Hepatotoxicity: CABOMETYX in combination with nivolumab can cause hepatic toxicity with higher frequencies of Grades 3 and 4 ALT and AST elevations compared to CABOMETYX alone.

Monitor liver enzymes before initiation of and periodically throughout treatment. Consider more frequent monitoring of liver enzymes than when the drugs are administered as single agents. For elevated liver enzymes, interrupt CABOMETYX and nivolumab and consider administering corticosteroids.

With the combination of CABOMETYX and nivolumab, Grades 3 and 4 increased ALT or AST were seen in 11% of patients. ALT or AST >3 times ULN (Grade ≥2) was reported in 83 patients, of whom 23 (28%) received systemic corticosteroids; ALT or AST resolved to Grades 0-1 in 74 (89%). Among the 44 patients with Grade ≥2 increased ALT or AST who were rechallenged with either CABOMETYX (n=9) or nivolumab (n=11) as a single agent or with both (n=24), recurrence of Grade ≥2 increased ALT or AST was observed in 2 patients receiving CABOMETYX, 2 patients receiving nivolumab, and 7 patients receiving both CABOMETYX and nivolumab.

Adrenal Insufficiency: CABOMETYX in combination with nivolumab can cause primary or secondary adrenal insufficiency. For Grade 2 or higher adrenal insufficiency, initiate symptomatic treatment, including hormone replacement as clinically indicated. Withhold CABOMETYX and/or nivolumab depending on severity.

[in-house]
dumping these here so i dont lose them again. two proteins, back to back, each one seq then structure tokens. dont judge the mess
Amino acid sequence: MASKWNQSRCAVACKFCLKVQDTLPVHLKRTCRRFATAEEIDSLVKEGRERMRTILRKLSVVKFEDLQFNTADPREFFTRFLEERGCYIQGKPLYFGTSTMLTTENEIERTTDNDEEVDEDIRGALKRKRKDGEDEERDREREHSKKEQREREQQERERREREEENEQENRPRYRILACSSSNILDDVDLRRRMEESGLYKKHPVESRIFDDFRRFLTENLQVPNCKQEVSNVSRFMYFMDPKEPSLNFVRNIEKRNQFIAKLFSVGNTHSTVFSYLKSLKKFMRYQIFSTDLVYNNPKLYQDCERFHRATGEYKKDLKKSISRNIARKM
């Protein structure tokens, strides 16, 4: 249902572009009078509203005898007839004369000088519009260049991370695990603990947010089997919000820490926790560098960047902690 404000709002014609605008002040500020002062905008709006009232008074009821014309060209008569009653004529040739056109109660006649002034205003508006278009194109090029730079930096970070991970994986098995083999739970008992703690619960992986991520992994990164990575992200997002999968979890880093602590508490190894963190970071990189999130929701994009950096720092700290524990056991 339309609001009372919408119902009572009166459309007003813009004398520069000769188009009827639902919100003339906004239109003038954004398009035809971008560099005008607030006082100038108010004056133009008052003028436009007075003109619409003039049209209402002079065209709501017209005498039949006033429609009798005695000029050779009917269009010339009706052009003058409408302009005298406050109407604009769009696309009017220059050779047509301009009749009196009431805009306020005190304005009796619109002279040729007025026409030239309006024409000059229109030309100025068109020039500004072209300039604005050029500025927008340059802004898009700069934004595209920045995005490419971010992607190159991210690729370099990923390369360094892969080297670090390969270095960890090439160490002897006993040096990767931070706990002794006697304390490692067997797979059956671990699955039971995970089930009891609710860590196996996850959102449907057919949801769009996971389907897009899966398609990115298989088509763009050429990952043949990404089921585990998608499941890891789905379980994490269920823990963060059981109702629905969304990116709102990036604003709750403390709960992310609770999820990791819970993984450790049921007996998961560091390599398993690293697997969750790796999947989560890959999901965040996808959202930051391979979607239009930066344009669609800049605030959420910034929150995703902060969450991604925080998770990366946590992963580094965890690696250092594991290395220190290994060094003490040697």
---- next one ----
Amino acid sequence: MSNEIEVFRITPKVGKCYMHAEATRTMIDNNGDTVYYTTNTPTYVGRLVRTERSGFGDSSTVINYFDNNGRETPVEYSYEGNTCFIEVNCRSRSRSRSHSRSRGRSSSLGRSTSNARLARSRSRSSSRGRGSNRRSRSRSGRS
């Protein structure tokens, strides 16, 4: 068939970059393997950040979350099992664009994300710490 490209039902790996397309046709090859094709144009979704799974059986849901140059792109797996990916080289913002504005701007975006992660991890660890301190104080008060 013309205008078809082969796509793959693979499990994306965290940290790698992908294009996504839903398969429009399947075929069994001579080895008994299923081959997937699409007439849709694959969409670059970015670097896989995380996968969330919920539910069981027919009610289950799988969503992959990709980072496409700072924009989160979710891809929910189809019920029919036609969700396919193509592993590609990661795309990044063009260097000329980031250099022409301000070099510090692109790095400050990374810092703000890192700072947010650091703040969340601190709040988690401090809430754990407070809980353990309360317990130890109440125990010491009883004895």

Adrenal insufficiency occurred in 4.7% (15/320) of patients with RCC who received CABOMETYX with nivolumab, including Grade 3 (2.2%), and Grade 2 (1.9%) adverse reactions. Adrenal insufficiency led to permanent discontinuation of CABOMETYX and nivolumab in 0.9% and withholding of CABOMETYX and nivolumab in 2.8% of patients with RCC.

Approximately 80% (12/15) of patients with adrenal insufficiency received hormone replacement therapy, including systemic corticosteroids. Adrenal insufficiency resolved in 27% (n=4) of the 15 patients. Of the 9 patients in whom CABOMETYX with nivolumab was withheld for adrenal insufficiency, 6 reinstated treatment after symptom improvement; of these, all (n=6) received hormone replacement therapy and 2 had recurrence of adrenal insufficiency.

Proteinuria: Proteinuria was observed in 7% of CABOMETYX patients. Monitor urine protein regularly during CABOMETYX treatment. Discontinue CABOMETYX in patients who develop nephrotic syndrome.

Osteonecrosis of the Jaw (ONJ): ONJ occurred in <1% of CABOMETYX patients. ONJ can manifest as jaw pain, osteomyelitis, osteitis, bone erosion, tooth or periodontal infection, toothache, gingival ulceration or erosion, persistent jaw pain, or slow healing of the mouth or jaw after dental surgery. Perform an oral examination prior to CABOMETYX initiation and periodically during treatment. Advise patients regarding good oral hygiene practices. Withhold CABOMETYX for at least 3 weeks prior to scheduled dental surgery or invasive dental procedures, if possible. Withhold CABOMETYX for development of ONJ until complete resolution.